MFA one-person exhibition commenting on perceptions of meaning; reacting to authority of meaning; and creating dialogue about the value of meaning.
This work presented methodology and research in the construction of type, image and message. I explored interpretations of assemblage (assembler, maker, commentator) to create composition and message. These compositions presented reactionary commentary, abstract expression and collaborative dialogue. The exhibition was presented in three bodies of work that related to the specific construction techniques and conceptual frameworks.
As I Understand It
We often define personal meaning through collective agreement. A common form of these agreements are truisms, or claims so obvious that mentioning it only serves as a rhetorical reminder. Therefore, we can view these truisms as absolutes without examining their personal relevance. To explore this, I created posters that re-state truisms as they relate to the three most important roles in my life: my vocation, being a visual communicator; my passion, being an educator; and my calling, being a father. Simultaneously, each poster reflects a social construct that reinforces these adaptations.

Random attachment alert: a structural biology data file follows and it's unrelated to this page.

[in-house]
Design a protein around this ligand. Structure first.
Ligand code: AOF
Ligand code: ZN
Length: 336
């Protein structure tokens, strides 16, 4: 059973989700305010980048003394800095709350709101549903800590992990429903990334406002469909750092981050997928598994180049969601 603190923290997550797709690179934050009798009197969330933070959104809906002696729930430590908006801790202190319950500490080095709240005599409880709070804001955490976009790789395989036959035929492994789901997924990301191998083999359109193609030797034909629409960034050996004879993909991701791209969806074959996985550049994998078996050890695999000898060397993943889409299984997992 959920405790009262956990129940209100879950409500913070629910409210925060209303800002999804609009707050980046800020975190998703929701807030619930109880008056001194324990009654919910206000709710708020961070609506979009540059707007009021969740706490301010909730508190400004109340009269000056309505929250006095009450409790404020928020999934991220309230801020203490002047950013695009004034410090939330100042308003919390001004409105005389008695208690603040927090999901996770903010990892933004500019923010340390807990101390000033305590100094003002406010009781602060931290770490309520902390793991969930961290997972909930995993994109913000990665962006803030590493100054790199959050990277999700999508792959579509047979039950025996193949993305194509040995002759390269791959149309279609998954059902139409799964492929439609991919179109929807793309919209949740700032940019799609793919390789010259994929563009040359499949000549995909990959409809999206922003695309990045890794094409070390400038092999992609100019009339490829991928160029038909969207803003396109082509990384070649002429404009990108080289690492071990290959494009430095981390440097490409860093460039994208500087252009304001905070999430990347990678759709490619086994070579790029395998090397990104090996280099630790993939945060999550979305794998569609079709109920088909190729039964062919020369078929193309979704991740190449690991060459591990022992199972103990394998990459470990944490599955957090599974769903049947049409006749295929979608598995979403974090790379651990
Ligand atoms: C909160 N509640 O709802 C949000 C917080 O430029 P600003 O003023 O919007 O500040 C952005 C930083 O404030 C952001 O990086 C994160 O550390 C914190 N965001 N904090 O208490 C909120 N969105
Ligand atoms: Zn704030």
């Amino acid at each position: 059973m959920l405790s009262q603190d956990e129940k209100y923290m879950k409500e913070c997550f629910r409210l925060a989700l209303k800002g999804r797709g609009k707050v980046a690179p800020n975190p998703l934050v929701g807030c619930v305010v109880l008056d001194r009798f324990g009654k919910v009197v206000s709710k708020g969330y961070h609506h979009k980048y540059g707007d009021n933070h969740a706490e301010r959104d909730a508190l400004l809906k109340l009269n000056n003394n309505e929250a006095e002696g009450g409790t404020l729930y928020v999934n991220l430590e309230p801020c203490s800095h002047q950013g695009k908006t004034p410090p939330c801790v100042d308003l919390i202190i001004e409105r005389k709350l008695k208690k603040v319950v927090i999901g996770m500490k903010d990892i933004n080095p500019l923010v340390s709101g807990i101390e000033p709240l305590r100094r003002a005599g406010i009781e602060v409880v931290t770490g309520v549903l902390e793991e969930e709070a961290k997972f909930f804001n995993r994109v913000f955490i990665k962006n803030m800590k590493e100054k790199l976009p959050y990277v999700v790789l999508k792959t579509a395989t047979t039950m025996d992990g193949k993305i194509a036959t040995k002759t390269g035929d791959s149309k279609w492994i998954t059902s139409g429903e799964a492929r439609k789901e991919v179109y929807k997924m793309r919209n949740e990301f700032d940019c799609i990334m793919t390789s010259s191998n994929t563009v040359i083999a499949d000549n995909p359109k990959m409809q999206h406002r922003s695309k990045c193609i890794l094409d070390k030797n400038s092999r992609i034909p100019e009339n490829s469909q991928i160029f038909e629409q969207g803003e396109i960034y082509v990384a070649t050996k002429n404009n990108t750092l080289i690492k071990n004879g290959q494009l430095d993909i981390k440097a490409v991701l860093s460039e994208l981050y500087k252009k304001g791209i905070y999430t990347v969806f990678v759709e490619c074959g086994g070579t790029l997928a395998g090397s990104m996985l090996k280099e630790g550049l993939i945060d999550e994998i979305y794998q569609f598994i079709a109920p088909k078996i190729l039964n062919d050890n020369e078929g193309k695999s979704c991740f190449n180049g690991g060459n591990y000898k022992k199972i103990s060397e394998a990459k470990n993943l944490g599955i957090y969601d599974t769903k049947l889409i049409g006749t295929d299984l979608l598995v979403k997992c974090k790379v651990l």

As a culture, we are bombarded with an alarming number of messages on a daily basis—the majority coming from digital sources. These messages, both in our lives and this work, are curated, repeated, fractured, processed, filtered, distorted, layered and juxtaposed. Codified with language and filtered through form—each element representational of a singular meaning. Paraphrasing gestalt psychologist, Kurt Koffka, we are reminded that no single element ever exists independently, but signals a larger whole. Meaning and significance never isolated, but mutually exclusive to understanding. No sense pulled from separate points, but only from a constructed whole. Often expressed as “the whole is greater than the sum of the parts” implies that many has more value than the single. But, more appropriately, the whole is only representational of an independent element completely autonomous from the singular parts.
This body of work represents the inspiration for my entry into assemblage as an image-making method. As a former editorial designer, I wanted to re-interpret messages presented in the Sunday news edition for an entire year. The work serves as a tangible representation as both a reflection and projection of culture. Each piece focused on condensing a single story or reacted to a pervasive theme as a study in image-making; composition; concept; message; and construction.